Magazine article Editor & Publisher

The Best Movie about a Reporter Ever: A Real 'Ace'

Magazine article Editor & Publisher

The Best Movie about a Reporter Ever: A Real 'Ace'

Article excerpt

Large segments of America may distrust or despise them, but Hollywood still loves reporters. They have served as compelling heroes and villains since the dawn of cinema. You only have to go back to 1931 to enjoy "Five Star Final" (if you can find it), with Boris Karloff starring as the shifty journalist. Between the birth of the talkies and today, Hollywood has produced hundreds of films that revolve around newsrooms. But somehow, until last month, I had missed the best, Billy Wilder's "Ace in the Hole."

Rarely seen in recent years, the movie finally came out on DVD this past summer. About 15 years ago, I had the pleasure of interviewing the very friendly (and, yes, hysterically funny) Wilder for a book I was writing on a California political campaign in which he played a tiny role, and he recommended this cult classic during one of our talks. If you haven't seen it, rush out to get it, or do that Netflix thing.

Although something of a box office flop in 1951 -- and later released under a new title, "The Big Carnival" -- it was way ahead of its time in anticipating the feeding frenzy of media coverage today. But like Larry David and "The Simpsons," it is an equal-opportunity mocker, poking malicious fun at everything from gullible common folk to the police. Its most famous line comes from the no-nonsense wife of its chief victim, who says she doesn't go to church because "kneeling bags my nylons."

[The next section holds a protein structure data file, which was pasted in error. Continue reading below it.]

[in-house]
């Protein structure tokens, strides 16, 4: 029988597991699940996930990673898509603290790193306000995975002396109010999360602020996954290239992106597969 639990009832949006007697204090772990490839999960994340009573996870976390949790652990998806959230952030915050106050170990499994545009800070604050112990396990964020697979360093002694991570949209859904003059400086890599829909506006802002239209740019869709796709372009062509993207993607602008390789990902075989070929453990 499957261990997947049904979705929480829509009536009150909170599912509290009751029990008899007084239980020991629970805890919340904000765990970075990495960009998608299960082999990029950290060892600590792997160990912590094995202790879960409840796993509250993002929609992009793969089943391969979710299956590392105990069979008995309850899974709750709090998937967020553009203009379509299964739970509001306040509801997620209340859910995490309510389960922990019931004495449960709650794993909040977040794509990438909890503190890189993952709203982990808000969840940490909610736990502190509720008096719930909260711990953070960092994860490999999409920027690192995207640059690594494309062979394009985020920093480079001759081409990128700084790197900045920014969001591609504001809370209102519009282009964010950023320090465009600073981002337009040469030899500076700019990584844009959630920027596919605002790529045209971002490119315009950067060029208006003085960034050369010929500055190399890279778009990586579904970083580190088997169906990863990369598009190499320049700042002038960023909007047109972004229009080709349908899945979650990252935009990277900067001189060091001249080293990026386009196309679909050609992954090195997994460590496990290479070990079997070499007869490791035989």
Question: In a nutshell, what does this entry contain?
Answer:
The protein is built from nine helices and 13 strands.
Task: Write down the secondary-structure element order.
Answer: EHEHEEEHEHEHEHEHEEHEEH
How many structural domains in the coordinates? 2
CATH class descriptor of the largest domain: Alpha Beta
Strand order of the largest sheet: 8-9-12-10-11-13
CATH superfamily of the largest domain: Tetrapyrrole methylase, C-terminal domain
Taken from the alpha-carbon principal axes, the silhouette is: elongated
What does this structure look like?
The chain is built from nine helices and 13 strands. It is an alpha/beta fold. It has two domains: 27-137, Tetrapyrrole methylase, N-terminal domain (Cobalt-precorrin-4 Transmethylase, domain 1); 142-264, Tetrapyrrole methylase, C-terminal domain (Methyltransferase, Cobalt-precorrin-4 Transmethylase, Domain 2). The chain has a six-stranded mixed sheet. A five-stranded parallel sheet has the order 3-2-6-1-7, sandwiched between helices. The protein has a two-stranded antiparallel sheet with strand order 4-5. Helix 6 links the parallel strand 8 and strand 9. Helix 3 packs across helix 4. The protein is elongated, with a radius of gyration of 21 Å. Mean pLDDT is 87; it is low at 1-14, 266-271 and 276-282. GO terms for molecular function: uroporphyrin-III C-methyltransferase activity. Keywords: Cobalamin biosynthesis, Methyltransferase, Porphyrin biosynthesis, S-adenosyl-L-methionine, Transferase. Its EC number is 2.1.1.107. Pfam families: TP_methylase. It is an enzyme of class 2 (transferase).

In this brilliantly written (partly by Wilder) yarn, Kirk Douglas chews the scenery as one Chuck Tatum, a hard-boiled reporter who finds himself at the dusty Albuquerque Sun-Bulletin begging for a job that might be his ticket back to the big time. He brags that he has been fired from 11 newspapers back East. His previous crimes? Everything from libel to fooling around with a publisher's wife.

He actually boasts, "I'm a pretty good liar." (Half a century later, Jayson Blair would say much the same thing.) The fuddy-duddy owner of the paper is portrayed as Mr. Ethics but, naturally, he hires the scum. Cut to fade.

It's a year later and Tatum is languishing in this "sun-baked Siberia," still awaiting his lucky break. Then, by chance, along a remote highway he happens to be first at the scene of a cave-in that has trapped the owner of a local trading post. …

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